Mark Webber claims the current Formula 1 grid is the weakest it has ever been following the continued rise of pay drivers.
The nine-time grand prix winner, who retired from F1 at the end of 2013 to join Porsche's factory LMP1 effort, believes the depth of talent is weakening to the detriment of the sport.
Pay drivers have always been a feature of Formula 1 but rising costs has seen teams sign drivers with backing to ease their finances.
The former Red Bull star feels the category risks losing its appeal unless the depth of talent on the grid is addressed.
“These guys are on a phenomenal level but the depth has never been weaker,” Webber told the BBC.
“We need to get the calibre that we have at the front of the grid. We need more depth and the cars to be faster.
“If you go from the top 10 back, there are a lot of pay drivers. This is not good.
“The physical components are the lowest it's ever been. It's like a rugby tackle but 30 percent softer.”
Retiring from the sport before the introduction of the V6 hybrid turbo era in 2014, Webber has strong feelings on the current regulations which has seen speeds decrease in the last two season.
The Australian says the cars no longer provide drivers with the challenges of the past.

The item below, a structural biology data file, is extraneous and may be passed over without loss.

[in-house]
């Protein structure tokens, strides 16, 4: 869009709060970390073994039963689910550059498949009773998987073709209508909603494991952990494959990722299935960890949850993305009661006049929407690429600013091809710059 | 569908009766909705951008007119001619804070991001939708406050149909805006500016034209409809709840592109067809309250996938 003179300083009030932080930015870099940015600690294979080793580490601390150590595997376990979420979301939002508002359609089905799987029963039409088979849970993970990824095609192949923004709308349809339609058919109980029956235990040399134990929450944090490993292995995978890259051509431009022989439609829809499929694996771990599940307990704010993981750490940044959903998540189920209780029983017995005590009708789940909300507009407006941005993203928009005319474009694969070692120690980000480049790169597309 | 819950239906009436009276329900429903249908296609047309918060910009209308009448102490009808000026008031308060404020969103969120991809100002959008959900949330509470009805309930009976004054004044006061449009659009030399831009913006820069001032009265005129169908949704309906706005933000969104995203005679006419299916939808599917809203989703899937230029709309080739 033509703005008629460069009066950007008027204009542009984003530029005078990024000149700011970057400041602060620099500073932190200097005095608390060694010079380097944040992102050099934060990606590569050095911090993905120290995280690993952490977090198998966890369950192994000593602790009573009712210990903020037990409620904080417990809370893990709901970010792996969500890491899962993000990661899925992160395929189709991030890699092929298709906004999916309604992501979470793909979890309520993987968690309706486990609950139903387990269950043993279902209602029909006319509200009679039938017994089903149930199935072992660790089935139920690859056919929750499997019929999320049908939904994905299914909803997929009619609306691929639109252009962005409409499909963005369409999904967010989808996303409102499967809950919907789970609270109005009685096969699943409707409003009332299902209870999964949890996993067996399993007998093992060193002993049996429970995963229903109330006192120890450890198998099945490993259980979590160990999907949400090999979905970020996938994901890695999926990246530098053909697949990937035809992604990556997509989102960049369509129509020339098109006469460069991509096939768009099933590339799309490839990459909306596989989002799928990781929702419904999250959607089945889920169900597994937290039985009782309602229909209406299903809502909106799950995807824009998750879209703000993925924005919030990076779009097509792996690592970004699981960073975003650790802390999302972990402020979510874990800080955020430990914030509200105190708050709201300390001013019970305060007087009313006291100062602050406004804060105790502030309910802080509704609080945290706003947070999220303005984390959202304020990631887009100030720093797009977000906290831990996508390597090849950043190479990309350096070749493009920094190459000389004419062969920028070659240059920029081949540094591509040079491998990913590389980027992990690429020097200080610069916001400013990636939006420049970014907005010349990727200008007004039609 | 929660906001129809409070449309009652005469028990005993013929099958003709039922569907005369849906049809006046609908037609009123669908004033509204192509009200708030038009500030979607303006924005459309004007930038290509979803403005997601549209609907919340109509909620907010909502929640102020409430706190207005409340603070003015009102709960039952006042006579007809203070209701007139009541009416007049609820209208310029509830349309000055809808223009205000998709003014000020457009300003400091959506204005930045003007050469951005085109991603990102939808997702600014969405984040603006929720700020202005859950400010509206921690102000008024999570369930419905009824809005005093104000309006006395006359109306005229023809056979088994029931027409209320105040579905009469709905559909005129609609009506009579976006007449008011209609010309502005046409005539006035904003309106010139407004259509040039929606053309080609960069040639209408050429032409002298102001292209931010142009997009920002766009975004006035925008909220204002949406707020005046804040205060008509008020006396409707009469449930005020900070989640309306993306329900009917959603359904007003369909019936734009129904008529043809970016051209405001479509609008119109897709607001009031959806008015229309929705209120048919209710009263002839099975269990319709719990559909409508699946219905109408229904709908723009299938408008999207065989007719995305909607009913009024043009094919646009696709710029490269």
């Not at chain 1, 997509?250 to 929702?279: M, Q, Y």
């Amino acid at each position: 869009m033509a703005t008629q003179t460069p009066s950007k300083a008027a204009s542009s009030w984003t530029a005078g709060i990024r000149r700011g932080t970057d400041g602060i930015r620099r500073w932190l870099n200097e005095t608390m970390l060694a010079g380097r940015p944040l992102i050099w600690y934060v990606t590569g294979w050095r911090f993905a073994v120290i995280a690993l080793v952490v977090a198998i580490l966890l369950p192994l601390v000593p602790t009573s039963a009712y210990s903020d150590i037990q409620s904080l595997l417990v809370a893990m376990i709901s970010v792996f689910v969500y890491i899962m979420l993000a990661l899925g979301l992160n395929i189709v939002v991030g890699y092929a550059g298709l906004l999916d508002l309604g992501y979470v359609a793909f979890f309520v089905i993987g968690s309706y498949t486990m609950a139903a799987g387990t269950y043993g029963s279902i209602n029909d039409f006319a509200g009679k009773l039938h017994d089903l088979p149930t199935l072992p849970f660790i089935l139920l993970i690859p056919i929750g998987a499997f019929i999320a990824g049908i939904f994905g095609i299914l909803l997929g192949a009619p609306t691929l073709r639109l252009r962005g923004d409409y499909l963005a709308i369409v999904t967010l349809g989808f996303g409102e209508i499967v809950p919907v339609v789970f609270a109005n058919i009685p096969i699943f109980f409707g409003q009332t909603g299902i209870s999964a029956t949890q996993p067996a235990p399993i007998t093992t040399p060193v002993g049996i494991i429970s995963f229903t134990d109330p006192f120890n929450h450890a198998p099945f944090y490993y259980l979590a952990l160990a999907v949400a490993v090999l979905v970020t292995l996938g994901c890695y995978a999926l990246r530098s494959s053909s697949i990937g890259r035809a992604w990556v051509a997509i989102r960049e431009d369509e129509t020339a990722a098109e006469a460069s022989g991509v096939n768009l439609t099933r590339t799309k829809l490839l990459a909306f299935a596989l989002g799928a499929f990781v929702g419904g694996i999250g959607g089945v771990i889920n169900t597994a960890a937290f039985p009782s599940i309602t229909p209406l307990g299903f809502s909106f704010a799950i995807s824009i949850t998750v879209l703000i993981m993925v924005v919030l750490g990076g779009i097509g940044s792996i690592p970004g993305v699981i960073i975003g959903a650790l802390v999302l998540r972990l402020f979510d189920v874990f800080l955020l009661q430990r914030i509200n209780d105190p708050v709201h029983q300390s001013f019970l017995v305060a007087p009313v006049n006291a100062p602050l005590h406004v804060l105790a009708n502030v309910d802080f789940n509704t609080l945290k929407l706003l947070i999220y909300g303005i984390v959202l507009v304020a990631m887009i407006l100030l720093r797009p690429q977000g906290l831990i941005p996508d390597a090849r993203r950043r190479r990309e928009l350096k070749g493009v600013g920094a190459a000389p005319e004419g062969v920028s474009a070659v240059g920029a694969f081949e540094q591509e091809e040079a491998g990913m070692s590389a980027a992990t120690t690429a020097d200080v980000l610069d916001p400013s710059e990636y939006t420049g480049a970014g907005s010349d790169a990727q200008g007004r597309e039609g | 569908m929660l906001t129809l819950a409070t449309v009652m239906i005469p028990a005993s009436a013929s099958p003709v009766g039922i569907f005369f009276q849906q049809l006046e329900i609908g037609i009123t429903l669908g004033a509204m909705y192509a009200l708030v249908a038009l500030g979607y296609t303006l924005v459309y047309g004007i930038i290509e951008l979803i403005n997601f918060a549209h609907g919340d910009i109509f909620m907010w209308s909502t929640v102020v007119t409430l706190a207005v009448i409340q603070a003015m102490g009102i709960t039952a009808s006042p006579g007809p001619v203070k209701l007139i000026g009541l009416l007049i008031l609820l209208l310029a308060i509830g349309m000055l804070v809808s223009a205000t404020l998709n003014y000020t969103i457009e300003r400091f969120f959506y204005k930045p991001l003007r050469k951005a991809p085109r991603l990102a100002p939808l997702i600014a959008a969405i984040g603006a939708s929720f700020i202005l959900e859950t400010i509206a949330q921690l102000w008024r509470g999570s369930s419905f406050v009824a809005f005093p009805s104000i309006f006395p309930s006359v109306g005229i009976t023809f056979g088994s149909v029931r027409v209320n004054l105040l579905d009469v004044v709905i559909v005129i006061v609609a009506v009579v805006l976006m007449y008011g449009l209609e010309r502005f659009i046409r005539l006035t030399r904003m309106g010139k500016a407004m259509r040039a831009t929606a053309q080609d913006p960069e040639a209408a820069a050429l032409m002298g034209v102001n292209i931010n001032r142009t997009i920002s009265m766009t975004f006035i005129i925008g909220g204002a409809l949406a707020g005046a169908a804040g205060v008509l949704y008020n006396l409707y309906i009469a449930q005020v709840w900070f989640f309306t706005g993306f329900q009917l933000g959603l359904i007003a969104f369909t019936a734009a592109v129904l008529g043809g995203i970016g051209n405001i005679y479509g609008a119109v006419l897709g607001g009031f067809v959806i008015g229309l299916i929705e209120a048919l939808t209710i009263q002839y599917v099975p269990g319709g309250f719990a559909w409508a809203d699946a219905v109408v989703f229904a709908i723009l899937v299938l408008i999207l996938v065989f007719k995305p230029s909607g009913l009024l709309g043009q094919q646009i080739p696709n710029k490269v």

“The drivers want cars that are more demanding,” added Webber.
“It's a bit like being an F-18 fighter pilot but flying for British Airways. They're within their comfort zone, pacing races. It's frustrating.
“F1 should be the pinnacle. It should be by far the fastest through the corners, physical on the drivers and things where the drivers are the gladiators again.
“The car still needs to be something the fans have never seen anything like before. There's so many categories which are close to them now.”
Keen to see F1 provide more challenging cars in the future, he believes the sport should introduce closed cockpits in the wake of the recent death of British IndyCar driver Justin Wilson.
Wilson succumbed to a severe head injury last month after being struck on the head by debris during a race at Pocono.
“I am a purist, but I'd like to see them closed. They're delaying the inevitable now. It's going to come,” added Webber.
“In 10 years it probably will be there so let's just bring it forward and find a way that is elegant and safe for extraction.
“There's enough experts to make that happen.”